Opinion: The Danger of Low Expectations

By Jacob Debets Feb 6, 2020
Listen to "Roundtable: UFC 247 'Jones v. Reyes'" on Spreaker.


Editor’s note: The views and opinions expressed below are those of the author and do not necessarily reflect the views of Sherdog.com, its affiliates and sponsors or its parent company, Evolve Media.

The ordering process for Ultimate Fighting Championship pay-per-views has changed: UFC 247 is only available on ESPN+ in the U.S.

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Spend enough time in the fight game, and you begin to recognize certain patterns. Together these make up something of an unwritten set of rules, which assists one to understand and navigate the absurd world of professional combat sports.

Included on this invisible ledger are centuries’ old adages from the sweet science, like that a great fighter will typically continue competing long enough to desecrate their legacy, few things are sacred enough to come between a promoter and a bag of money and fights premised on ethnic confrontation sell the most tickets. More recent additions include that extreme weight cutting is a precursor to competitive success, wrestlers need to win more fights than strikers to get title shots in mixed martial arts, and fighters who’ve pissed off Dana White will not be inducted into the Ultimate Fighting Championship Hall of Fame.

Another rule that’s been part of the code for close to a decade now is that Jon Jones is, for all intents and purposes, unbeatable inside the Octagon. Since his UFC debut in 2008, which happened a mind-boggling four months and six fights after he commenced his professional career at an event called “FFP: Untamed,” “Bones” has been as close to perfect as one can get in combat sports. Outside a disqualification loss against Matt Hamill in 2009, and a No Contest against Daniel Cormier for testing positive for banned substances at UFC 214, Jones has vanquished every man that has marched into battle against him -- six of which were future or former undisputed UFC champions. He’s won 13 title fights, is currently riding a 17-fight unbeaten streak and hasn’t taken any serious damage since his UFC 165 performance against the then-unheralded Alexander Gustafson – a showing he has since attributed to his heavy partying.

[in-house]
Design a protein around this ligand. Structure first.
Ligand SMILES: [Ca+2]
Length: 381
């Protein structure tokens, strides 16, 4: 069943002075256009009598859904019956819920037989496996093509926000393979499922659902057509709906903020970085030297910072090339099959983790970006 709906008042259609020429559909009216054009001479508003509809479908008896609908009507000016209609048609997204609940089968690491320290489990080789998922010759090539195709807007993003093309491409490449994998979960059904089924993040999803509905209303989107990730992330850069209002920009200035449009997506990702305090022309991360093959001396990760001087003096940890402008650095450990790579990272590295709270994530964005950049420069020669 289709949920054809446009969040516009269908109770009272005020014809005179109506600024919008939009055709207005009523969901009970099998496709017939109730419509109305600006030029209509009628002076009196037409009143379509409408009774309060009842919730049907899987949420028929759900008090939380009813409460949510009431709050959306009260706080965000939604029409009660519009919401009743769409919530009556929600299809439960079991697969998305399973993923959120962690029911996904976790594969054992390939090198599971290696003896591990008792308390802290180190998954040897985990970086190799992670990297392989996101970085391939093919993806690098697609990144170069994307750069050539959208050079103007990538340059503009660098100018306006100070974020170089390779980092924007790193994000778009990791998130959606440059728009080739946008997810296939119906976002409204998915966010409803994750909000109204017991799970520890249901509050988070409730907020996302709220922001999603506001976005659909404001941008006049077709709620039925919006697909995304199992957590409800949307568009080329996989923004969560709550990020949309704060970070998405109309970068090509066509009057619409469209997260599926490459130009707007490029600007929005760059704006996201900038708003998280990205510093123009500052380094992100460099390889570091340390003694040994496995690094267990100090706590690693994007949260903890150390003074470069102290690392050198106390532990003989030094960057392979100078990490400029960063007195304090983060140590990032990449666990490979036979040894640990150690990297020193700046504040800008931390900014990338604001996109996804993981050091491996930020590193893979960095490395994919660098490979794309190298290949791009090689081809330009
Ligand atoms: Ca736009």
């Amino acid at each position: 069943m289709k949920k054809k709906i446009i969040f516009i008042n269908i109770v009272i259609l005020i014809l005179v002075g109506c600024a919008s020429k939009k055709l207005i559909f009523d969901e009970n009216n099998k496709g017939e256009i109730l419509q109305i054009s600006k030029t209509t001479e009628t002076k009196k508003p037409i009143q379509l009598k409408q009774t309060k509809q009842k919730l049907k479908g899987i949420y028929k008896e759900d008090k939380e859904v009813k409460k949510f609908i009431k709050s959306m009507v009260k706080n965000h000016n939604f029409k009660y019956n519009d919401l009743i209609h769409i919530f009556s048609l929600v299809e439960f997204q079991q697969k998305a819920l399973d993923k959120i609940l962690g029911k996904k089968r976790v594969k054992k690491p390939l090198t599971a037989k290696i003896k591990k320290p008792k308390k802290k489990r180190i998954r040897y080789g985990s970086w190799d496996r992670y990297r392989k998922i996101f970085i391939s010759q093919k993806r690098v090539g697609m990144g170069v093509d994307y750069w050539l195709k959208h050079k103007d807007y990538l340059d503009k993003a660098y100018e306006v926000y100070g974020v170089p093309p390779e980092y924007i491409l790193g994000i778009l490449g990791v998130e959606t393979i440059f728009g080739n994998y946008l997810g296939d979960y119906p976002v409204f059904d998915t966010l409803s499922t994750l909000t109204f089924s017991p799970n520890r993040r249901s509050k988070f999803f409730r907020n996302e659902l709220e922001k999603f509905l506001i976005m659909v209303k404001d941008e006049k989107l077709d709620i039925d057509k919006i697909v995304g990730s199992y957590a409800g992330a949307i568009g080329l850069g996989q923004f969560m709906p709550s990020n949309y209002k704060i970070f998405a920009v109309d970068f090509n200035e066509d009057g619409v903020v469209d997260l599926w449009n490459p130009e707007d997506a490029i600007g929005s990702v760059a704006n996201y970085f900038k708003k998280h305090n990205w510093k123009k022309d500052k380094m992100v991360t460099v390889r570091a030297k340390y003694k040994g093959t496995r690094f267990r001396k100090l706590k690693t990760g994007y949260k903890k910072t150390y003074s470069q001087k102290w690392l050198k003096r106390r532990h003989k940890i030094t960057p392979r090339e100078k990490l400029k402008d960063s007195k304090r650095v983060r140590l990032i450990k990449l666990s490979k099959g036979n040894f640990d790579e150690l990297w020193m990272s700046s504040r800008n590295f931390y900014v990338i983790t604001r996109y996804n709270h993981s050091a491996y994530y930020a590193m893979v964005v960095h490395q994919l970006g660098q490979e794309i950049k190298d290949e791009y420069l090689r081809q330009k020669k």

This weekend Jones will continue his post-USADA suspensions comeback tour by attempting his 14th title victory against the undefeated Dominick Reyes at UFC 247. It will be his fourth title fight in just over 13 months, having captured the “vacant” title via third round TKO opposite Gustafson in their rematch back at UFC 232 before coasting to decision victories against fringe-middleweights-turned-light-heavyweight-contenders Anthony Smith and Thiago Santos at UFC 235 and UFC 239 respectively.

The build-up to UFC 247 has been muted, not least because Reyes is regarded by many (including Jones himself) as a pitstop; a stay-busy fight before Jones finally move up to heavyweight to chase a second title. That’s been the dominant talking point since this time last year, with the UFC’s reluctance to open up its check-book being the primary reason for Jones treading water at 205-pounds and crushing “dream-chasers” like Smith, Santos and Reyes. As Jones told reporters at a UFC 235 press scrum last March: